2) Coffee

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Old Wisdom: Coffee equals caffeine equals bad for you.

New Wisdom: Coffee is loaded with antioxidants and other nutrients that improve your health. Plus, a little caffeine makes the world go round.

Why? Actually, most of the world never bought into the whole caffeine/coffee scare that made so many Americans start to swear off coffee, or heaven help us, switch to decaf. But these days, the U.S., chock full of Starbucks, has come around. Several prominent studies conducted over the last few years unearthed a bounty of benefits in the average cup of joe. As everyone knows, caffeine boosts energy. Based on controlled human trials, it has also been proven to fire up the neurons and make you sharper, with improved memory, reaction time, mood, vigilance and general cognitive function. It can also boost your metabolism, lower your risk of Type II diabetes, protect you from Alzheimer’s disease and dementia, and lower the risk of Parkinson’s. Whew.

3) Whole Milk

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Old wisdom: High-fat milk lead to obesity. Exposing children to lower-fat options keeps them leaner and healthier and instills the low-fat habit.

New Wisdom: Ha!

A study at Harvard University found that despite recommendations from the American Academy of Pediatrics that children drink skim or low-fat milk after age two, doing so did not make for leaner or healthier children. In fact, the study found the opposite. Kids who consumed skim milk were likely to be fatter than those who drank it whole. Turns out that skim drinkers were more likely to indulge in junk food, which spiked their blood sugar levels, leading to more cravings for junk. And so on and so on.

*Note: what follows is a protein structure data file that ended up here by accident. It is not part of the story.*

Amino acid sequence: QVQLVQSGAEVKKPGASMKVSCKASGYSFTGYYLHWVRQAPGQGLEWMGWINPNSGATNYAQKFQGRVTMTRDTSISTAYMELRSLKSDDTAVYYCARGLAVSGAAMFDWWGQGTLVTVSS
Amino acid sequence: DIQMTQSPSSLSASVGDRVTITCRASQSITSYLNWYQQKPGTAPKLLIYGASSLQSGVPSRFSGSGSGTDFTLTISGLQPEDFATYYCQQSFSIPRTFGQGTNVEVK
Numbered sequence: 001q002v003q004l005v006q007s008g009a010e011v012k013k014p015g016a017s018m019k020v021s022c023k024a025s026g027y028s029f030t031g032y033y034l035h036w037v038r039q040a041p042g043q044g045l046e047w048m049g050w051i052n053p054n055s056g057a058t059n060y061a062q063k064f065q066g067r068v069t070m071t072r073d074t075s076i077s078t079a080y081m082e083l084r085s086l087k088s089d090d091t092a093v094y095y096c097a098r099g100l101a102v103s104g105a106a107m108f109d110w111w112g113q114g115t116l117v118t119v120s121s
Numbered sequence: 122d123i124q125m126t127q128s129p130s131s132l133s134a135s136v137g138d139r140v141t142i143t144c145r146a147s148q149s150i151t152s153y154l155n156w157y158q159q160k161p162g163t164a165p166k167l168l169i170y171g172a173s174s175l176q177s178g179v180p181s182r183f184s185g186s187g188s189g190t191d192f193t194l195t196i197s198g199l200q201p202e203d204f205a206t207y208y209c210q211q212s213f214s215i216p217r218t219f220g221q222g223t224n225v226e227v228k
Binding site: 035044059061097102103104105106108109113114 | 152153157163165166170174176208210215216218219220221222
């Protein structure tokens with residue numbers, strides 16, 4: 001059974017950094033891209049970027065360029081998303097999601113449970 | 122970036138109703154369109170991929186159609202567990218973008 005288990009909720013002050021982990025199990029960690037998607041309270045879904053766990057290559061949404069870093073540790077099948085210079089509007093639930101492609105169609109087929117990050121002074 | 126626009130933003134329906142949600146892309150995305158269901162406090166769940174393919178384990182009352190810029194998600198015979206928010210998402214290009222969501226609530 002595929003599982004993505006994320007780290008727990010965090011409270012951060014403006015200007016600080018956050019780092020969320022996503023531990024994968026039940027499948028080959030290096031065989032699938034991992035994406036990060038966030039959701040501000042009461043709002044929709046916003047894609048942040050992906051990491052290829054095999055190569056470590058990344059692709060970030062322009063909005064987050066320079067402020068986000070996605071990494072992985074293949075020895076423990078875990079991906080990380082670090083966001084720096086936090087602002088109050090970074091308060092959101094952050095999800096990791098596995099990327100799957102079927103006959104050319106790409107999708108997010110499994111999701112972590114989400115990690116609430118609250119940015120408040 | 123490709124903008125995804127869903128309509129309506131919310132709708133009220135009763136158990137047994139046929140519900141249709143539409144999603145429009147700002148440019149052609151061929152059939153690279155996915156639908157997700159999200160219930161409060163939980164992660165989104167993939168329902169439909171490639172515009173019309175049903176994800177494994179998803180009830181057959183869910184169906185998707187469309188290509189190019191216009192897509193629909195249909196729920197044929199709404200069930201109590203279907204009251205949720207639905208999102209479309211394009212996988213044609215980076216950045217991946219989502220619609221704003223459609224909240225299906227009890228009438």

4) Salt

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Old Wisdom: Salt kills. It raises blood pressures, causes hypertension and increases the risk of premature death.

New Wisdom: Salt is essential to health. Too little salt can actually lead to premature death.

The new wisdom is actually older than the old wisdom. Long before it became the number-one evildoer in the Department of Agriculture’s hit list, worse than fats, sugar and booze, salt was considered so valuable to body and soul that it was literally used as currency. Homer called it a “divine substance.” Plato described is as dear to the Gods. The Romans considered it the spice of life; a man in love was salax—in a salted state. Only fairly recently, in that oh-so-wise 20th century, did salt become the bad guy at the dinner table.

It turns out that high-sodium processed “food” is the real villain in our diets. Unrefined salt, such as Himalayan salt or raw sea salts, contain 60 or more valuable trace minerals. It supports thyroid function and a faster metabolism and speeds the elimination of cortisol, the stress hormone that causes weight gain. Did you know salt is also a natural antihistamine (a pinch on the tongue may stem an allergic reaction). Finally, unrefined salt is needed for good digestion.

5) Chocolate

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Old Wisdom: Chocolate gives you pimples, makes you fat and creates heartburn.

New Wisdom: Dark chocolate is loaded with antioxidants.